In many instances, when a defendant is charged with sexual battery, the State relies solely on circumstantial evidence in support of the allegations against the defendant. Thus, if the admissibility of any of the State’s evidence is questionable, it may be prudent for the defendant’s counsel to object to the introduction of the evidence, and the failure to do so may harm the defendant’s case. In some cases, however, a defense attorney’s strategic decision not to object to statements offered by the defendant may be a reasonable trial strategy, as discussed in a recent Florida appellate case in which the defendant argued that his conviction for sexual battery should be overturned due to ineffective assistance of counsel. If you are faced with charges that you committed a sexual offense, it is prudent to consult a capable Clearwater sex crime defense attorney to develop a strategy to offer you a strong chance of a successful result.
It is reported that the defendant was convicted of sexual battery, battery, and lewd or lascivious molestation. He moved for post-conviction relief, arguing in part that his trial counsel was ineffective for making certain evidentiary decisions during the trial. The court granted the motion in part, vacating the defendant’s conviction, after which the State appealed. On appeal, the court reversed the trial court ruling.
Assessing the Reasonableness of a Defense Attorney’s Trial Strategy
The Sixth Amendment of the United States Constitution grants criminal defendants the right to effective counsel. Thus, a defendant arguing he or she suffered prejudice due to ineffective assistance of counsel must establish that his or her counsel’s performance was objectively unreasonable and therefore fell below the prevailing professional standard. In order to show that counsel’s performance was unreasonable, a defendant must set forth evidence establishing that no other competent trial counsel would use the same strategy or make the same decisions as his or her counsel. In cases in which the court deems trial counsel’s performance unreasonable, it must then assess whether the performance caused the defendant to suffer prejudice.
In the subject case, the defendant first objected to his attorney’s failure to object to evidence that suggested the defendant drugged his victim prior to assaulting her. The court found that even if the attorney’s failure to object was unreasonable, it did not result in prejudice to the defendant, as the jury clearly rejected the evidence regardless, as shown by the fact that they failed to convict the defendant of the count to which the evidence applied. Further, the court rejected the assertion that the attorney was ineffective for failing to set forth evidence attacking the credibility of the victim, due to inconsistencies in her statement. The court noted that the attorney explained that the victim testified that she did not want to remember the abuse, not that she could not remember, and pressing the issue would make her seem traumatized and make her allegations more believable. Thus, the court found that the attorney merely exercised his professional judgment in declining to press the issue.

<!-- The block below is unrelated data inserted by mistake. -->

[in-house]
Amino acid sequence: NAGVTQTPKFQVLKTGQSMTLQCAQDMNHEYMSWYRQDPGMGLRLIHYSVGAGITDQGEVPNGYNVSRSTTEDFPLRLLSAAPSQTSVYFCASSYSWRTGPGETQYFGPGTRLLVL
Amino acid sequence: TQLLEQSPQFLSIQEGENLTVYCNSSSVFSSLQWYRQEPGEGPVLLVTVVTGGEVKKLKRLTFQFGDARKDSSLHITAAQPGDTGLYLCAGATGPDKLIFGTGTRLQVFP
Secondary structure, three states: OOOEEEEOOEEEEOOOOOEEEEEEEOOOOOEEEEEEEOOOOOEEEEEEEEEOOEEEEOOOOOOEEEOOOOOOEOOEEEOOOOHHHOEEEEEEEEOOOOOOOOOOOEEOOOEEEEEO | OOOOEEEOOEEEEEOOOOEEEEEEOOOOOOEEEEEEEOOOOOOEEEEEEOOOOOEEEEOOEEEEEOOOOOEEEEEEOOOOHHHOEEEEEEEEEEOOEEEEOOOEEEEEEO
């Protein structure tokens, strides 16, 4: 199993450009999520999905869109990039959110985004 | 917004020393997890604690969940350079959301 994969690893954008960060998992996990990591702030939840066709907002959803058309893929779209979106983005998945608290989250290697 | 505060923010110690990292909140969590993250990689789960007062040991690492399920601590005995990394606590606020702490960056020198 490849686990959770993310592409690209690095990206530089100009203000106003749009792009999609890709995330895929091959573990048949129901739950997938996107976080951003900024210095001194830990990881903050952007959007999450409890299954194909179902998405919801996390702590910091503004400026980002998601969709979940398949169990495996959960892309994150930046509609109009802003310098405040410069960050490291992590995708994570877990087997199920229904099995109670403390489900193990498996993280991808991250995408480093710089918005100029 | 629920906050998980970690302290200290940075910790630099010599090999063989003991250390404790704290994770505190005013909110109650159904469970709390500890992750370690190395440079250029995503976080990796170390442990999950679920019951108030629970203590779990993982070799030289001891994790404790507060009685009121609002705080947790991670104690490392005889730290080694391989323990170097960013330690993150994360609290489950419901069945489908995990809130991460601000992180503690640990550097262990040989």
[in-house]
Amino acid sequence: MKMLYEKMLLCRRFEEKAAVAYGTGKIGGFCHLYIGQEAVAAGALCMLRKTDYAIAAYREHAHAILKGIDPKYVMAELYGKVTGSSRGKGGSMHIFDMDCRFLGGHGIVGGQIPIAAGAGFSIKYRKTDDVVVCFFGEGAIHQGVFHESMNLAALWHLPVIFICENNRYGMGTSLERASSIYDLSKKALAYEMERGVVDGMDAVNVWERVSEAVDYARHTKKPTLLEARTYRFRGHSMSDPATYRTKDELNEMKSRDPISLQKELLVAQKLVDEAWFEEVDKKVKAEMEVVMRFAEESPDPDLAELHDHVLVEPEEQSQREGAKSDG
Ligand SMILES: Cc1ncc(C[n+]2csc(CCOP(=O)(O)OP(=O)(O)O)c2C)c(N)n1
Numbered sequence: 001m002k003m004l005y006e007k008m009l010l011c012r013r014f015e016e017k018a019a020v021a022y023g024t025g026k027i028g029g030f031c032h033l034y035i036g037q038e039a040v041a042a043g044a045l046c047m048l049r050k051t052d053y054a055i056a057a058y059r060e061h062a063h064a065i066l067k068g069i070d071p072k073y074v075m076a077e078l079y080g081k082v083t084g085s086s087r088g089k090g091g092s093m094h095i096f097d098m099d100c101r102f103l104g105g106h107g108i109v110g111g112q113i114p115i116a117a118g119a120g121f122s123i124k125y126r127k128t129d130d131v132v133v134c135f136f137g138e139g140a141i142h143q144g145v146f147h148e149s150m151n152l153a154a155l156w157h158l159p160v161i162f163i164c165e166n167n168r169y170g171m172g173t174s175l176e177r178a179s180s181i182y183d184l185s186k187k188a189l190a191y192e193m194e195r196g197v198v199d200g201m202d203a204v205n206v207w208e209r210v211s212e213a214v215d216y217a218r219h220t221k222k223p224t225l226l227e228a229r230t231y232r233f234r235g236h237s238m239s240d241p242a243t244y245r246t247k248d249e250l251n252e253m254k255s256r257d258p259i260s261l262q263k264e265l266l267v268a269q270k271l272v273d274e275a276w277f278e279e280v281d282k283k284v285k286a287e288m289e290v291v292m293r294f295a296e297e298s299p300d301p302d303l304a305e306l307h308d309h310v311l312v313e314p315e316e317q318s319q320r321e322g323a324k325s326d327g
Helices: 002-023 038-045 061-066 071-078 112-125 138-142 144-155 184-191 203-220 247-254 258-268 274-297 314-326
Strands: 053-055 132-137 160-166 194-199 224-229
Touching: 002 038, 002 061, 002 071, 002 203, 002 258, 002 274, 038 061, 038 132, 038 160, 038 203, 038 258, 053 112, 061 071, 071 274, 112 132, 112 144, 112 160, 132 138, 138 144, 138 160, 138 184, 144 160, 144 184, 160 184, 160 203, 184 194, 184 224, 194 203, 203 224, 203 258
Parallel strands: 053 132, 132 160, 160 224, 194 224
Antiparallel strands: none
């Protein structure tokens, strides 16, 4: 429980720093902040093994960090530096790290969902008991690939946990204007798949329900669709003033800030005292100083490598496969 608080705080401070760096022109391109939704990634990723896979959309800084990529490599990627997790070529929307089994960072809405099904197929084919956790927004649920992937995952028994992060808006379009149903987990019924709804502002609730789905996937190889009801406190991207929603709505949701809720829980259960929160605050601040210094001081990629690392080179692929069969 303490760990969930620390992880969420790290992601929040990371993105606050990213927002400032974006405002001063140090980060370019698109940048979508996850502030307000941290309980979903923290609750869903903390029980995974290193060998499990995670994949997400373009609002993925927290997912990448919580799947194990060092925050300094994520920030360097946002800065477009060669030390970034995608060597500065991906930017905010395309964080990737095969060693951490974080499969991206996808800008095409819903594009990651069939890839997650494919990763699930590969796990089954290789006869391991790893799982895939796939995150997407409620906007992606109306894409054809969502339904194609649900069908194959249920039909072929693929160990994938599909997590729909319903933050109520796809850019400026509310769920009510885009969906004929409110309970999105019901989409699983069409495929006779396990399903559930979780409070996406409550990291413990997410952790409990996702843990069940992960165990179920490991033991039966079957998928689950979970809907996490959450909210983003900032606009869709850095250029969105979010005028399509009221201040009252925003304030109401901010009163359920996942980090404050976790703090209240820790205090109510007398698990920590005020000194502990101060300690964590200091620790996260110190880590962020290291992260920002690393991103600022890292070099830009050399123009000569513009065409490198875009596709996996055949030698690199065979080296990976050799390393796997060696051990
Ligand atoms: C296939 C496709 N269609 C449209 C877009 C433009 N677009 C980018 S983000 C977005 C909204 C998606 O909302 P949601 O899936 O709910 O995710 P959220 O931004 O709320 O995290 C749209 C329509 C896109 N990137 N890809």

Confer with a Capable Criminal Defense Attorney
If you live in Clearwater and are accused of sexual battery or another sex crime, it is in your best interest to confer with an attorney to assess what defenses you may be able to set forth. Attorney William Hanlon of Hanlon Law is a capable Clearwater sex crime defense attorney who will analyze the facts of your case and work with you to develop compelling arguments to help you strive to protect your rights. Mr. Hanlon can be contacted through the form online or at 727-897-5413 to schedule a free and confidential meeting.